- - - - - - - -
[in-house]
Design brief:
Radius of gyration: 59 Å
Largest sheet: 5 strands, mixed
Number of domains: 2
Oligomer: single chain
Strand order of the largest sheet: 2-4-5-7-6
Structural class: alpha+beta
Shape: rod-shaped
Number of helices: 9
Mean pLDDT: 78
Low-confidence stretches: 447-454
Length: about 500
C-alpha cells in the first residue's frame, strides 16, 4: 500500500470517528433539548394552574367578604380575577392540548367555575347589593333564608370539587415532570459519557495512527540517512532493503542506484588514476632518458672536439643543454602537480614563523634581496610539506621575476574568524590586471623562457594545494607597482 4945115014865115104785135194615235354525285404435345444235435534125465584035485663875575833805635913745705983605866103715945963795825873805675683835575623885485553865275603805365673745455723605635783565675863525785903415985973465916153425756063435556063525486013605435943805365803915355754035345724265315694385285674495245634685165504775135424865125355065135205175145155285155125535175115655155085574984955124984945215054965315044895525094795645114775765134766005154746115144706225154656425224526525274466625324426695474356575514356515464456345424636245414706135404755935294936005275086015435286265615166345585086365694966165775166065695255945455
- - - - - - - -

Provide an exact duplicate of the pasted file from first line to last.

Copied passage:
[in-house]
Design brief:
Radius of gyration: 59 Å
Largest sheet: 5 strands, mixed
Number of domains: 2
Oligomer: single chain
Strand order of the largest sheet: 2-4-5-7-6
Structural class: alpha+beta
Shape: rod-shaped
Number of helices: 9
Mean pLDDT: 78
Low-confidence stretches: 447-454
Length: about 500
C-alpha cells in the first residue's frame, strides 16, 4: 500500500470517528433539548394552574367578604380575577392540548367555575347589593333564608370539587415532570459519557495512527540517512532493503542506484588514476632518458672536439643543454602537480614563523634581496610539506621575476574568524590586471623562457594545494607597482 4945115014865115104785135194615235354525285404435345444235435534125465584035485663875575833805635913745705983605866103715945963795825873805675683835575623885485553865275603805365673745455723605635783565675863525785903415985973465916153425756063435556063525486013605435943805365803915355754035345724265315694385285674495245634685165504775135424865125355065135205175145155285155125535175115655155085574984955124984945215054965315044895525094795645114775765134766005154746115144706225154656425224526525274466625324426695474356575514356515464456345424636245414706135404755935294936005275086015435286265615166345585086365694966165775166065695255945455